Sexual slang  

From The Art and Popular Culture Encyclopedia

(Redirected from List of sexual slang)
Jump to: navigation, search

Related e

Google
Wikipedia
Wiktionary
Wiki Commons
Wikiquote
Wikisource
YouTube
Shop


Featured:
Train wreck at Montparnasse (October 22, 1895) by Studio Lévy and Sons.
Enlarge
Train wreck at Montparnasse (October 22, 1895) by Studio Lévy and Sons.

Sexual slang is a set of linguistic terms and phrases used to refer to sexual organs, processes, and activities and generally considered "improper". Some of these add sexual meanings or referents to words that have non-sexual meanings in ordinary language, such as "pussy" or "gash" for vagina, "prick" or "cock" for penis, "nuts" or "balls" for testicles, etc. Occasionally proper names are used as well for these purposes, e.g. "dick" or "johnson" for penis. Different cultures and languages use different everyday words for sexual purposes. Thus Eier (eggs) in German is a common slang word for testicles, but "eggs" does not commonly have this referent in English.

Related to sexual slang is slang related to defecation and flatulence (toilet humor, scatolinguistics). References to the anal tract are often given a sexual connotation in the context of anal sex (in particular, in a context of male homosexuality).

While popular usage is incredibly versatile in coining ever new short-lived synonyms, old terms with originally no pejorative colouring may come to be considered inappropriate over time. Thus, terms like arse/ass, cunt, and fuck should not be considered "slang," since they are the inherited common English terms for their referents, but they are often considered improper and replaced by euphemisms or scientific terminology in "polite" language.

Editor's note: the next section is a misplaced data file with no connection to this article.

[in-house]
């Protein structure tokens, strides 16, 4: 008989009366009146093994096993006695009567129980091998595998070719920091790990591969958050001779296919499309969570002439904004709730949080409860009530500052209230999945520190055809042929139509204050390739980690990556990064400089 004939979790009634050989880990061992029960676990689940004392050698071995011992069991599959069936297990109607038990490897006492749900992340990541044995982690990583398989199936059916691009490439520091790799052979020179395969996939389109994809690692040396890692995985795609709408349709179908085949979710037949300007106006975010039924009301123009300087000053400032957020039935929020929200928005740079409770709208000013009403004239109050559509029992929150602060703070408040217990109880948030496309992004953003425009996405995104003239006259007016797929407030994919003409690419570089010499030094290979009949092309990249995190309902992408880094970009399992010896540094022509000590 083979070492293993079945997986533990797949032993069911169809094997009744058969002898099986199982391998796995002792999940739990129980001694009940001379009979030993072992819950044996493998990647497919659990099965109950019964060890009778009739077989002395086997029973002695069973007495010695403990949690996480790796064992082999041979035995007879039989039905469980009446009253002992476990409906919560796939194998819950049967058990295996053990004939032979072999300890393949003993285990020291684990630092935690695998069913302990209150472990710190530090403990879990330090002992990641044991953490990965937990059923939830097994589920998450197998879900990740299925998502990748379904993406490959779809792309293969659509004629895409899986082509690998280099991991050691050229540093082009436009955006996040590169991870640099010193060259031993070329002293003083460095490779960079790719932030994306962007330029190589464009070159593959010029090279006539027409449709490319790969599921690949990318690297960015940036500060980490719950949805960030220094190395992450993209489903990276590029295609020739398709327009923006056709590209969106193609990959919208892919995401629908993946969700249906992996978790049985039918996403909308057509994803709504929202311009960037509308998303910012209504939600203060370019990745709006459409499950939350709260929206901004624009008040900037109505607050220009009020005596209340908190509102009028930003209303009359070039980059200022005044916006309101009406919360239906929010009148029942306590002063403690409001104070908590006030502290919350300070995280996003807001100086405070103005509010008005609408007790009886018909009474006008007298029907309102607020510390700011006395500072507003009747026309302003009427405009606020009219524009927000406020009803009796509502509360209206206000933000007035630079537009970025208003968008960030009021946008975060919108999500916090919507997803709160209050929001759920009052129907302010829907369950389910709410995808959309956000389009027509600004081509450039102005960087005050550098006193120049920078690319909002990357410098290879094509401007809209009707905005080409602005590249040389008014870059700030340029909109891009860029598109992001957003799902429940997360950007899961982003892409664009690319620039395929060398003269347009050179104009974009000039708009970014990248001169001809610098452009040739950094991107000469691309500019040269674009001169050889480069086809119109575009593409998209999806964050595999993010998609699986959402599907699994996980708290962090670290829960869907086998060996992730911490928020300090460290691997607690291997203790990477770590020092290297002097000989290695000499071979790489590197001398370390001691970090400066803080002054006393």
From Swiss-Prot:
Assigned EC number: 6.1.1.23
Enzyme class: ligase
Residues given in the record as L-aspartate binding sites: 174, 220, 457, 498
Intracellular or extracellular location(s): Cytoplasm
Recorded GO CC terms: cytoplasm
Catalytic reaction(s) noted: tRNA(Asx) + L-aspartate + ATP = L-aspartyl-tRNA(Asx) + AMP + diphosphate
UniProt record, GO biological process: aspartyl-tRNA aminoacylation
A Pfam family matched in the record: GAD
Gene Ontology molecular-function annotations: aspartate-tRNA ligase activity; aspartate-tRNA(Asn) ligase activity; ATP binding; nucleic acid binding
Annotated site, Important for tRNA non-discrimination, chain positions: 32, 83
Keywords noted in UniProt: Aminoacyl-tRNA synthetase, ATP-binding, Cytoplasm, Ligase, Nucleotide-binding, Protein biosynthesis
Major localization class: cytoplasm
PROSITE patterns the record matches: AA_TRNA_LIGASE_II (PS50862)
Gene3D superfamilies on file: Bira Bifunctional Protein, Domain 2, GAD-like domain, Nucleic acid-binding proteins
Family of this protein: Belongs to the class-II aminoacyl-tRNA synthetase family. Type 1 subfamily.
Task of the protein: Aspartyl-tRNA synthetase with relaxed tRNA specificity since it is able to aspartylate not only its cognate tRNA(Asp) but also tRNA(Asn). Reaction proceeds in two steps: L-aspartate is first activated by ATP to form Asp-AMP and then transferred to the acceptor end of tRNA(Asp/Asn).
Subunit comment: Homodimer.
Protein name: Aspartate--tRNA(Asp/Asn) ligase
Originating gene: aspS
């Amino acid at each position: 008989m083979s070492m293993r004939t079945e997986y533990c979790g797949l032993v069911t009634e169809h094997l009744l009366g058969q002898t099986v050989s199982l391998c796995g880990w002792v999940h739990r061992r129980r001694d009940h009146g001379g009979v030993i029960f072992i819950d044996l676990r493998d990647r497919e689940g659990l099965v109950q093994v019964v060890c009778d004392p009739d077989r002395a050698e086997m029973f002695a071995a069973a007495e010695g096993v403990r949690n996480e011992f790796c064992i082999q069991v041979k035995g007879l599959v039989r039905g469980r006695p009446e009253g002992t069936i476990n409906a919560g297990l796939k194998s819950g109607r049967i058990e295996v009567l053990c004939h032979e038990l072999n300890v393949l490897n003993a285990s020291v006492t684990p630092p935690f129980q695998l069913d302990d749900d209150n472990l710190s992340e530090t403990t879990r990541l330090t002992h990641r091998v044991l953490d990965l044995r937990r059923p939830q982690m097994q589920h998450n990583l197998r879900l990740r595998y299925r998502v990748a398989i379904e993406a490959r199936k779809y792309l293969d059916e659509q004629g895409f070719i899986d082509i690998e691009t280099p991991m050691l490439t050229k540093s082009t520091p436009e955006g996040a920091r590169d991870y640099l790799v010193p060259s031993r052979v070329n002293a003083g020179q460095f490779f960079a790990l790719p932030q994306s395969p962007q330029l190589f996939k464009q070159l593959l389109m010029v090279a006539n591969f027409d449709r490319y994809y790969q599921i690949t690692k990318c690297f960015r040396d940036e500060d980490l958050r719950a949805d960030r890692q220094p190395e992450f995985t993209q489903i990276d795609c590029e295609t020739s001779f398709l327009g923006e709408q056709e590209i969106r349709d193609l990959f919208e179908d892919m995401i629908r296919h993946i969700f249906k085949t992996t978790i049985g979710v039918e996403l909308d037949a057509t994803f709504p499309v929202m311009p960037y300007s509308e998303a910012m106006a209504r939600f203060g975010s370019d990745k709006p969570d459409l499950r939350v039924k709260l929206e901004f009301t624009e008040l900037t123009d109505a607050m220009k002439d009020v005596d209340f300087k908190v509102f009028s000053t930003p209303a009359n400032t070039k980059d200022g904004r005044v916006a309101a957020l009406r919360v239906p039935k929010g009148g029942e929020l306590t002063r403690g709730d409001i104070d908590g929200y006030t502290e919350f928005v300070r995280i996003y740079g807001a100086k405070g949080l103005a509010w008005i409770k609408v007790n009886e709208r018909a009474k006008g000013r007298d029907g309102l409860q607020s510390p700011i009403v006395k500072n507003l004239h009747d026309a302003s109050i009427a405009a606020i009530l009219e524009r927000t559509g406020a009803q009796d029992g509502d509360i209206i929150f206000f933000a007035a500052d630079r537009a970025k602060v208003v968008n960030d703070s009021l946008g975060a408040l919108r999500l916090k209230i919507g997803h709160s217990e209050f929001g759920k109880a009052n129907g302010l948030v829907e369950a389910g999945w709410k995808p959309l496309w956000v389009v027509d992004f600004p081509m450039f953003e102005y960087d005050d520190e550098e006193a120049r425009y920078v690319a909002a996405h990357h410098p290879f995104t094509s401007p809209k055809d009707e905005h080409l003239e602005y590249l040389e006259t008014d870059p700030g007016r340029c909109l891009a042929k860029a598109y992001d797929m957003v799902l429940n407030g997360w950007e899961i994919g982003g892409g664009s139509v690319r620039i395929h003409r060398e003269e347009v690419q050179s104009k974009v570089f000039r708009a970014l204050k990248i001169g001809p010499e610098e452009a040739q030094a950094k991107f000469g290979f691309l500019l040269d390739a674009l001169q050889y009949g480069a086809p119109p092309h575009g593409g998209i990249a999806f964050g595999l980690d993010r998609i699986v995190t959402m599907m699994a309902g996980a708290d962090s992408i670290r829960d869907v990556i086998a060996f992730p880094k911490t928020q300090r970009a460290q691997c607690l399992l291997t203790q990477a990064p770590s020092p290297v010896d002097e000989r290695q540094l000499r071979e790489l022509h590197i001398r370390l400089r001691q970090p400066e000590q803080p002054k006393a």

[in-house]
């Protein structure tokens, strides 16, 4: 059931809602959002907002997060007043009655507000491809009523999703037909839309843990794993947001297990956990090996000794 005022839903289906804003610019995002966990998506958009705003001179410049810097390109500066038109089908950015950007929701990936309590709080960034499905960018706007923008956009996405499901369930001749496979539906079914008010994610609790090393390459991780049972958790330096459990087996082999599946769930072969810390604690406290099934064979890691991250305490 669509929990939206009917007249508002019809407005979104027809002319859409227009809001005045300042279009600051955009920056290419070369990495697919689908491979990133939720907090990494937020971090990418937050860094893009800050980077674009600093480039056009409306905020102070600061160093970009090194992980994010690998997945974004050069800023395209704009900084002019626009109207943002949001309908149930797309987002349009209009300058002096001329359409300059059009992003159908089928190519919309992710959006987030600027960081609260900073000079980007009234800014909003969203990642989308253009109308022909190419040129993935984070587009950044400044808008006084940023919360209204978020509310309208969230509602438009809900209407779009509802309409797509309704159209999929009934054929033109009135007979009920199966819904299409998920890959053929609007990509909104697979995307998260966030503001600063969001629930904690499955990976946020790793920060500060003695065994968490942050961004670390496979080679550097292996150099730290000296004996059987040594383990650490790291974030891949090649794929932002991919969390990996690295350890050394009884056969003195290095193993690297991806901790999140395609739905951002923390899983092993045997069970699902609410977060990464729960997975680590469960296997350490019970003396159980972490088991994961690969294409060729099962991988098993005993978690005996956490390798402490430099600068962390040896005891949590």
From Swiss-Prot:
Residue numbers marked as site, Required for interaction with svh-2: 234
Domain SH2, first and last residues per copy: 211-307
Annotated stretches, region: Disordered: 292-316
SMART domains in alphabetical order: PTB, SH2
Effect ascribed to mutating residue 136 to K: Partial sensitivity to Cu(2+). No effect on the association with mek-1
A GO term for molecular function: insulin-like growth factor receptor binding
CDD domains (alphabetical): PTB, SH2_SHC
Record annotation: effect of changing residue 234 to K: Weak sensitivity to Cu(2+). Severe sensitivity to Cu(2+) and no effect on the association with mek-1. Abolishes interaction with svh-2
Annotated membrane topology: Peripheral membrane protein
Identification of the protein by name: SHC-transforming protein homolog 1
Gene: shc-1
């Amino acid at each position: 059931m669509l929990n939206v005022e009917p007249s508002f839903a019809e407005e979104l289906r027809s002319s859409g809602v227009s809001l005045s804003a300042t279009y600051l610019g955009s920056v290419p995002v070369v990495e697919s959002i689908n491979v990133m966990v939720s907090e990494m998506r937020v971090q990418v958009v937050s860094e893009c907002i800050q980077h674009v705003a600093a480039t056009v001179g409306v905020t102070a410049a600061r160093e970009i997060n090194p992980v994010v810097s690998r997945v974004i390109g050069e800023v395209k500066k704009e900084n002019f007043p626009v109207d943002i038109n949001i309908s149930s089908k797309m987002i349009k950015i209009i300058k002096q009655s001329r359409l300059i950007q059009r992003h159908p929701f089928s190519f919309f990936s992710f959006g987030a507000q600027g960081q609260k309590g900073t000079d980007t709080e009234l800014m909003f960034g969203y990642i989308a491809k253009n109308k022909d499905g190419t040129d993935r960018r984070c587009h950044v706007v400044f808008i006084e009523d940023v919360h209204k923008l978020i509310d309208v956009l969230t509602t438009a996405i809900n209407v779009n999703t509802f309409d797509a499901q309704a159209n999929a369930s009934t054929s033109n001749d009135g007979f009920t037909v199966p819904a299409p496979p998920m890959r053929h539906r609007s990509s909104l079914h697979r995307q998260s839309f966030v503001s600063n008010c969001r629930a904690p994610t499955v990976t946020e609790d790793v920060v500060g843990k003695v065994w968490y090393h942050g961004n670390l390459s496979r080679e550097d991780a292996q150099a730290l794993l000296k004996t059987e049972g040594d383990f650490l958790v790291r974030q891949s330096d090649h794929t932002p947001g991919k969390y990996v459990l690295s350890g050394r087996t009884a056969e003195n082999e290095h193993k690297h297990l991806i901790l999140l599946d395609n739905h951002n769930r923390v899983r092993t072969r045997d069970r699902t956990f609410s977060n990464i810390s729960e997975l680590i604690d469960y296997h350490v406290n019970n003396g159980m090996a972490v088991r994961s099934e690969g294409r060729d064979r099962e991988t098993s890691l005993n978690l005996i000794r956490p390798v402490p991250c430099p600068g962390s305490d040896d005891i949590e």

Examples are: snatch, pussy, cock, dick, twat and/or others are used as sexual slang for the names of male and female genitals.

Pejorative usage

Slurs are used to refer to members of a given sexual minority, gender, sex, or sexual orientation in a derogatory or pejorative manner. They are used as insults by persons who are not or do not wish to be associated with the group being disparaged. For example, queer may be used as a self-description by homo-, bi-, or transsexuals, but can also be used as an insult by those seeking to deprecate such persons. Which terms are used as slurs is determined by a society's or subculture's set of values, especially its biases against genders (sexism). For example, words such as whore and slut have no male equivalent (though they are increasingly being applied to men as well as women, and while skank generally refers to a low class of woman, it is sometimes used to refer to a man).

Sexual slurs are common across many cultures and historical periods. The most common slurs directed against men historically include accusations of being a passive homosexual (Aristophanes notably enjoyed using such allusions) or of being effeminate; for example, in the Hittite military oath, oath-breakers are threatened with being made into women (a promise of either actual castration, or of divine revenge on the traitors' manhood).

Sexual slang and humor

dirty joke, erotic folklore

In the popular jargon of many cultures, the use of sexual slang is a form of humor or euphemism that often creates controversy over its public use. Sexual humor has been seen in many circles as crude and unsophisticated, as well as insulting towards the subject it describes. Sexual slang has a long history in literature and comedy: examples from Shakespeare are well-known. The popularity of contemporary comedians who indulge in sexual humor, from George Carlin to Kevin Bloody Wilson to Andrew Dice Clay, reflects the appeal of this form of speech. It is often seen as a form of taboo, in which much of the appeal lies in the shock value of daring to speak "forbidden" words in public.

See also




Unless indicated otherwise, the text in this article is either based on Wikipedia article "Sexual slang" or another language Wikipedia page thereof used under the terms of the GNU Free Documentation License; or on original research by Jahsonic and friends. See Art and Popular Culture's copyright notice.

Personal tools